Traveling through the countryside, close to DiaoShuiHu National Forest Park, in North East China's Jilin Provence, I stopped at some remote dwellings along the side of the road. I was beckoned into one of the small buildings by a man offering refreshments. On entry, I realized that this one room structure was not just a shop but also the home of a family. Two children, their parents and grandfather, all living together. The house was alive with the excitement of having a foreigner inside. The children laughed and couldn't think of enough questions to ask.
The mother offered me some home cooked food from a wood burning stove in the kitchen that took up one corner of the room. A doughy fried bread with meat inside was served up and was delicious. She wore a smile on her face the whole time and made a huge fuss over the unexpected visit. She fried up some pancakes , disciplined the kids, all the while she never stopped cleaning up around her. She truly deserved the 'S' on her chest.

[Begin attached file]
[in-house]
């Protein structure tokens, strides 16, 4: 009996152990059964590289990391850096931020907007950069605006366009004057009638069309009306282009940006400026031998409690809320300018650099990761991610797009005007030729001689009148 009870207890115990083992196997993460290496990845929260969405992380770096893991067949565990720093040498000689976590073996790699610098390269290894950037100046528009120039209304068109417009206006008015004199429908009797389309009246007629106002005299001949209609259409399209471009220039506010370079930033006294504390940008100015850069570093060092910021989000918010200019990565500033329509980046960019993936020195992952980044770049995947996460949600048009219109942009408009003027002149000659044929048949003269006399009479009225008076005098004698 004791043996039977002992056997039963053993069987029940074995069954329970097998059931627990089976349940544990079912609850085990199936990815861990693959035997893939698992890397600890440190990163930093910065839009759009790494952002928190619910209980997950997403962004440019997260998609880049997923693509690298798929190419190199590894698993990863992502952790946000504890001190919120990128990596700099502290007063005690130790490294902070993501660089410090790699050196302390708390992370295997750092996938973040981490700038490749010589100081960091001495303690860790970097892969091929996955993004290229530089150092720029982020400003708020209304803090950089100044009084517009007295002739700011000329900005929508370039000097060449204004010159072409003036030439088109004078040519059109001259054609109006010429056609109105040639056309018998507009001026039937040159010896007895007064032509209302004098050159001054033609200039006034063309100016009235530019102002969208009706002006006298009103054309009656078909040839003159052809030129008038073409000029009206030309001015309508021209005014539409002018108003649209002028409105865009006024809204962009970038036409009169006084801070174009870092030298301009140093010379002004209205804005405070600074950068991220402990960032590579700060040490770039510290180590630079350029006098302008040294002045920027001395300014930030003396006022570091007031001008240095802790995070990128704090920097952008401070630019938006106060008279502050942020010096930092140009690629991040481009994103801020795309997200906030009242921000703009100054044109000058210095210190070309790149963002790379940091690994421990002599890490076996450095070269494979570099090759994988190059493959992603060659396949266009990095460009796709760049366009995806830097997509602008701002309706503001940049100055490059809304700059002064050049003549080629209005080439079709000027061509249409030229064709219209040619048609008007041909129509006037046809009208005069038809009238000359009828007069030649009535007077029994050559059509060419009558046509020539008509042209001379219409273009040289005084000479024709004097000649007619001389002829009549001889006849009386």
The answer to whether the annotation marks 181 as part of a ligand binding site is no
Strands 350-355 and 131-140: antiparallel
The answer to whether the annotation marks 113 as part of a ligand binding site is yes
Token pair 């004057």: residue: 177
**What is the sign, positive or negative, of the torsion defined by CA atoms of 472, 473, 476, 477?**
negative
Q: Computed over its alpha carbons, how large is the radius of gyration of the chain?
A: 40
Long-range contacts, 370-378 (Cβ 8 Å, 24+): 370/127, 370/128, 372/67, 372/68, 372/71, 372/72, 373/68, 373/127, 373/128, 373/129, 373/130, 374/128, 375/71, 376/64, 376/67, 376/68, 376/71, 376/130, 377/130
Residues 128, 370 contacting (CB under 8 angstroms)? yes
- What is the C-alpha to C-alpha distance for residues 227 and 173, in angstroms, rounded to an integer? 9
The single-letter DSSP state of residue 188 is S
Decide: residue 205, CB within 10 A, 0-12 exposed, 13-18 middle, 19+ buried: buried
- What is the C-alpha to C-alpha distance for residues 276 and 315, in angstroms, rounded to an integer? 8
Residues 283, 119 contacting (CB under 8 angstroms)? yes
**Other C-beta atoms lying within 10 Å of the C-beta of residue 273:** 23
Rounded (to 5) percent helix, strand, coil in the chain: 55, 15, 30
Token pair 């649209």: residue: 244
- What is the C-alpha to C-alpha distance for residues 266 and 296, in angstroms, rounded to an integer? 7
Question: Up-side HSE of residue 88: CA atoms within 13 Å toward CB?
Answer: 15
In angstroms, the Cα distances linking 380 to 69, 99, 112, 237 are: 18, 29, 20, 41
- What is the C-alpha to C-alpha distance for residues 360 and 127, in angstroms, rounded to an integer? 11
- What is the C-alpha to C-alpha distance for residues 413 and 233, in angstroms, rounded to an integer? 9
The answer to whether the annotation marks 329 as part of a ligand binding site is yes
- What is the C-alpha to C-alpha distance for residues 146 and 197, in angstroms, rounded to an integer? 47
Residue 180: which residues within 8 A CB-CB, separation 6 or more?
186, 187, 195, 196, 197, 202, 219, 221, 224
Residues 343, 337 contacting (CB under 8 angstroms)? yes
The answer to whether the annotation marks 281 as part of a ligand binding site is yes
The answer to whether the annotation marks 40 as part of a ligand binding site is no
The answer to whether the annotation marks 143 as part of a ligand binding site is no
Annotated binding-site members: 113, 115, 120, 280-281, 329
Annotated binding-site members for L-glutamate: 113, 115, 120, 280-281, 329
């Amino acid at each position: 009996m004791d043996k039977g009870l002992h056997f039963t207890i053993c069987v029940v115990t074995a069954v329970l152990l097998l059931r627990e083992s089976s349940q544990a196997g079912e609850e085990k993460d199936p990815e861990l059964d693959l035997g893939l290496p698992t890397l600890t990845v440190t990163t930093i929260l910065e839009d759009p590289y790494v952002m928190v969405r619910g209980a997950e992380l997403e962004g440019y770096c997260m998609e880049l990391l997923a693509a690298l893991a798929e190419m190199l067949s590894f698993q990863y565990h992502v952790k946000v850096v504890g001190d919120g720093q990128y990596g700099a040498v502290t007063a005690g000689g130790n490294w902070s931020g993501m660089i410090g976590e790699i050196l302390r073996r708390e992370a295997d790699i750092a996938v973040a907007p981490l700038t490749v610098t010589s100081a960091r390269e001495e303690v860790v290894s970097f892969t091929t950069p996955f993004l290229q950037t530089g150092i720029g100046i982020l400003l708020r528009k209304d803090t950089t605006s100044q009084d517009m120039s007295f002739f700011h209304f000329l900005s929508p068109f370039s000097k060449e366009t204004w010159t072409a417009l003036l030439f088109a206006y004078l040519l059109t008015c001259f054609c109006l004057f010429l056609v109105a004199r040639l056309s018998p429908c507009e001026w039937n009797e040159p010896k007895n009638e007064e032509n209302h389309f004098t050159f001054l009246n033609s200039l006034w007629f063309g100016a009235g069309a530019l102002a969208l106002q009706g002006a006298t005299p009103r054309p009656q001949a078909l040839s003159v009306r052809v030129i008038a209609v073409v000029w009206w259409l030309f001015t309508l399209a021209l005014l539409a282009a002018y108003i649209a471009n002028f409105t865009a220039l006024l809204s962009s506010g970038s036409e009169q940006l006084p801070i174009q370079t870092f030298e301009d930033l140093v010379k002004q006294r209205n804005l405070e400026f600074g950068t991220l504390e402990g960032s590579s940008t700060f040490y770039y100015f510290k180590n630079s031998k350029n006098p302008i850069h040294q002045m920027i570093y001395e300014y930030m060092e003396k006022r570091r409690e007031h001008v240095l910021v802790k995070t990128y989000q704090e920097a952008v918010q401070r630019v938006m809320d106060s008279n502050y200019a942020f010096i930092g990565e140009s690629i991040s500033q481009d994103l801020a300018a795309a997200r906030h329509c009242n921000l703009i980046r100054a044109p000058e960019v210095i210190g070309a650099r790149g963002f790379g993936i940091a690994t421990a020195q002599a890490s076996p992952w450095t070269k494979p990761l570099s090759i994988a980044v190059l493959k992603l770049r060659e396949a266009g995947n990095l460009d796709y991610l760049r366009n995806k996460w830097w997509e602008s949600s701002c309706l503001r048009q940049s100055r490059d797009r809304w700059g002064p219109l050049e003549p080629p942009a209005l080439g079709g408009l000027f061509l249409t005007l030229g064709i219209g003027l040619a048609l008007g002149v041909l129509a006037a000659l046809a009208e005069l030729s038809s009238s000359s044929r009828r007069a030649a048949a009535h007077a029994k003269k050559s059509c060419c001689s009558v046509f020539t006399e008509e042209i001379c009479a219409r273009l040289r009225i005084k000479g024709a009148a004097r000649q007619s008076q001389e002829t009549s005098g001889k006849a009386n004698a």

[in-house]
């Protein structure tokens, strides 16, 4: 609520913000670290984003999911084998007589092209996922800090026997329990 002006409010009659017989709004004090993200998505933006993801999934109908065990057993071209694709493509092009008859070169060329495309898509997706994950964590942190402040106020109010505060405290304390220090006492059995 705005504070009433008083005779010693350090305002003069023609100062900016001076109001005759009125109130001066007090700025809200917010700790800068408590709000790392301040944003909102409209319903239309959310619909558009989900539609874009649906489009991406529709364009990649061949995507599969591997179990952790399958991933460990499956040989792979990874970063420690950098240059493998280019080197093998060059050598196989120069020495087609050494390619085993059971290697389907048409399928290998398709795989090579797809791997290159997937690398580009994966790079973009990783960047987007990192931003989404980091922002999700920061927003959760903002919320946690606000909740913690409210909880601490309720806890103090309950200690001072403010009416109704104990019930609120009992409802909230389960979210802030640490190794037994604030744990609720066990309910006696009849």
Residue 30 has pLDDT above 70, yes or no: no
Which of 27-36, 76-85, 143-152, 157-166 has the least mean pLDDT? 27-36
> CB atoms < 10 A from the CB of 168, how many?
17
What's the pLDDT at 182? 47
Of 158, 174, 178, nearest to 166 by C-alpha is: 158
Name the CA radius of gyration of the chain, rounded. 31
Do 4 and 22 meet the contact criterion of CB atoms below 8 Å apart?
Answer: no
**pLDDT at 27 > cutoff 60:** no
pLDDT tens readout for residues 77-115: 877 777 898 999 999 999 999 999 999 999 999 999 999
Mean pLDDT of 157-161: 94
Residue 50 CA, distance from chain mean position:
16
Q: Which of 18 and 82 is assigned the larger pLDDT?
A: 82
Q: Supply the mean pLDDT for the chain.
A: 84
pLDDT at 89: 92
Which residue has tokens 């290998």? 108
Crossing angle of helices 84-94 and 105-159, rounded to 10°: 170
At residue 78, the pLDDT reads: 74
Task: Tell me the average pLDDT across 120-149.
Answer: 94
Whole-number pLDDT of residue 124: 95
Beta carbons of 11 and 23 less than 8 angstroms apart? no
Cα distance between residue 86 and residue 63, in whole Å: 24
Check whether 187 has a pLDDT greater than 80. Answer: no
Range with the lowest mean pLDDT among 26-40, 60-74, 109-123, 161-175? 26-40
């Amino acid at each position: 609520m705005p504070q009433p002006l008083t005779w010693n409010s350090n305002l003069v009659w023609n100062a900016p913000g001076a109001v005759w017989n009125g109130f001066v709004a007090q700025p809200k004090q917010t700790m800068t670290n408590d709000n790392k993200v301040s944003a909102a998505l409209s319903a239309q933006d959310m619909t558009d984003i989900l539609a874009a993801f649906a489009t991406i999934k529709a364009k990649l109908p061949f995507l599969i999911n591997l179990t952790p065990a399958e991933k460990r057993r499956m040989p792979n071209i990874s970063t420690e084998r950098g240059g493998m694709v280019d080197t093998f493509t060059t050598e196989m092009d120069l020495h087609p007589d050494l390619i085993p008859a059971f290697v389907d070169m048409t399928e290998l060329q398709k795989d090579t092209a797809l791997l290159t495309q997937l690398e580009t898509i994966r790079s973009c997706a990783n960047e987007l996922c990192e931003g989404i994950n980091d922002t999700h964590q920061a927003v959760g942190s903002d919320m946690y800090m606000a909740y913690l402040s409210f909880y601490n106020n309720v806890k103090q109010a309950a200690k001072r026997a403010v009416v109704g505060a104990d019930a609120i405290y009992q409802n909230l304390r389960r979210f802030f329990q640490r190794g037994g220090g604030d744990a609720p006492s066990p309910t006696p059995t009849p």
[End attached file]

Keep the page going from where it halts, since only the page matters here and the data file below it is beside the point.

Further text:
In the adjacent corner, was a large raised area where the whole family slept. The fire from the stove also heated pipes under the bed, keeping them warm in the harsh winter months, when temperatures can reach as low as -30 degrees celsius. Lying on the bed was the grandfather. Immobilized by an illness or just old age. He could only follow me with his eyes but was able to repeat the words 'Ni Hao' , hello, many times as he happily watched the unusual guest in his home. This may well have been the home he was born and grew up in. Where he raised his children and they in turn, raised theirs. And I may well have been the first foreigner he hosted.
When it was time to go, we said our goodbyes and I thanked them as the children waved from the doorway. This was a remote part of the countryside, not often traveled by Chinese, and I thought as I walked away, if they would ever have a foreigner in their home again. Seeing three generations living together in one room and also their place of business, can put a lot of things into perspective. Family truly was their strength. Since then, I have often wondered how they are doing. A simple life, so disconnected from my own, yet I always imagine that they are happy. They might not have had the things I consider to be necessities in my life but they seemed to have all the necessities they needed in theirs.